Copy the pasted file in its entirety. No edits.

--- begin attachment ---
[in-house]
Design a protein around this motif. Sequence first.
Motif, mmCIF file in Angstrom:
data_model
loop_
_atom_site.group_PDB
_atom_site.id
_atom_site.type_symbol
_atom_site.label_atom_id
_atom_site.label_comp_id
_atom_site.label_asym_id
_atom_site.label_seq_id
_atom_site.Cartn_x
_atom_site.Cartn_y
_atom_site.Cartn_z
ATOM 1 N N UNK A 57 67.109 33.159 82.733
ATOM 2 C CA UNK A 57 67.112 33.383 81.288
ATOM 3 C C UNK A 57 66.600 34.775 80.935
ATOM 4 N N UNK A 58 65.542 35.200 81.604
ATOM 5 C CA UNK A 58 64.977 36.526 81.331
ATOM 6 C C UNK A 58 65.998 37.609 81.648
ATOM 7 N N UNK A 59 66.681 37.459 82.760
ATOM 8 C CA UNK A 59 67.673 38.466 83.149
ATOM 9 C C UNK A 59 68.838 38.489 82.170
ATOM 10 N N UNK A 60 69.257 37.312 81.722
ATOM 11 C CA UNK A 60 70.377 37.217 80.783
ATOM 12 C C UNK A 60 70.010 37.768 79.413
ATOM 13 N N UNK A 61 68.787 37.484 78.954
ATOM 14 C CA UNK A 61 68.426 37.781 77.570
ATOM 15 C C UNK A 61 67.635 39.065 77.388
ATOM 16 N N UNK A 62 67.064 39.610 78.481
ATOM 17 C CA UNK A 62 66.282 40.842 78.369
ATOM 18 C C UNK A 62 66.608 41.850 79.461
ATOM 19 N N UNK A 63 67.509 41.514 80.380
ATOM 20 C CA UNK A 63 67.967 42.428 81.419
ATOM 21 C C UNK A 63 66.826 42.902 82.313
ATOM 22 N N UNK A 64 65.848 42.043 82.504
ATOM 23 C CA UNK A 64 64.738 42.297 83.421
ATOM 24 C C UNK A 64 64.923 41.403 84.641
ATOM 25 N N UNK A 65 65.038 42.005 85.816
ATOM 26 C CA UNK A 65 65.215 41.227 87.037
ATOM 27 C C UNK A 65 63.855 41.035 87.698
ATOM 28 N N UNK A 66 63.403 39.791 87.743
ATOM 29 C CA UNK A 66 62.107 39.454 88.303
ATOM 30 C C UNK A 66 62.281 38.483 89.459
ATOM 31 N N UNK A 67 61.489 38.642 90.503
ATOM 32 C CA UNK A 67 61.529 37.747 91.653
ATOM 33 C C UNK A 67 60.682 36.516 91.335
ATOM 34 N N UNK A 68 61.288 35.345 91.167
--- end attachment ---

[in-house]
Design a protein around this motif. Sequence first.
Motif, mmCIF file in Angstrom:
data_model
loop_
_atom_site.group_PDB
_atom_site.id
_atom_site.type_symbol
_atom_site.label_atom_id
_atom_site.label_comp_id
_atom_site.label_asym_id
_atom_site.label_seq_id
_atom_site.Cartn_x
_atom_site.Cartn_y
_atom_site.Cartn_z
ATOM 1 N N UNK A 57 67.109 33.159 82.733
ATOM 2 C CA UNK A 57 67.112 33.383 81.288
ATOM 3 C C UNK A 57 66.600 34.775 80.935
ATOM 4 N N UNK A 58 65.542 35.200 81.604
ATOM 5 C CA UNK A 58 64.977 36.526 81.331
ATOM 6 C C UNK A 58 65.998 37.609 81.648
ATOM 7 N N UNK A 59 66.681 37.459 82.760
ATOM 8 C CA UNK A 59 67.673 38.466 83.149
ATOM 9 C C UNK A 59 68.838 38.489 82.170
ATOM 10 N N UNK A 60 69.257 37.312 81.722
ATOM 11 C CA UNK A 60 70.377 37.217 80.783
ATOM 12 C C UNK A 60 70.010 37.768 79.413
ATOM 13 N N UNK A 61 68.787 37.484 78.954
ATOM 14 C CA UNK A 61 68.426 37.781 77.570
ATOM 15 C C UNK A 61 67.635 39.065 77.388
ATOM 16 N N UNK A 62 67.064 39.610 78.481
ATOM 17 C CA UNK A 62 66.282 40.842 78.369
ATOM 18 C C UNK A 62 66.608 41.850 79.461
ATOM 19 N N UNK A 63 67.509 41.514 80.380
ATOM 20 C CA UNK A 63 67.967 42.428 81.419
ATOM 21 C C UNK A 63 66.826 42.902 82.313
ATOM 22 N N UNK A 64 65.848 42.043 82.504
ATOM 23 C CA UNK A 64 64.738 42.297 83.421
ATOM 24 C C UNK A 64 64.923 41.403 84.641
ATOM 25 N N UNK A 65 65.038 42.005 85.816
ATOM 26 C CA UNK A 65 65.215 41.227 87.037
ATOM 27 C C UNK A 65 63.855 41.035 87.698
ATOM 28 N N UNK A 66 63.403 39.791 87.743
ATOM 29 C CA UNK A 66 62.107 39.454 88.303
ATOM 30 C C UNK A 66 62.281 38.483 89.459
ATOM 31 N N UNK A 67 61.489 38.642 90.503
ATOM 32 C CA UNK A 67 61.529 37.747 91.653
ATOM 33 C C UNK A 67 60.682 36.516 91.335
ATOM 34 N N UNK A 68 61.288 35.345 91.167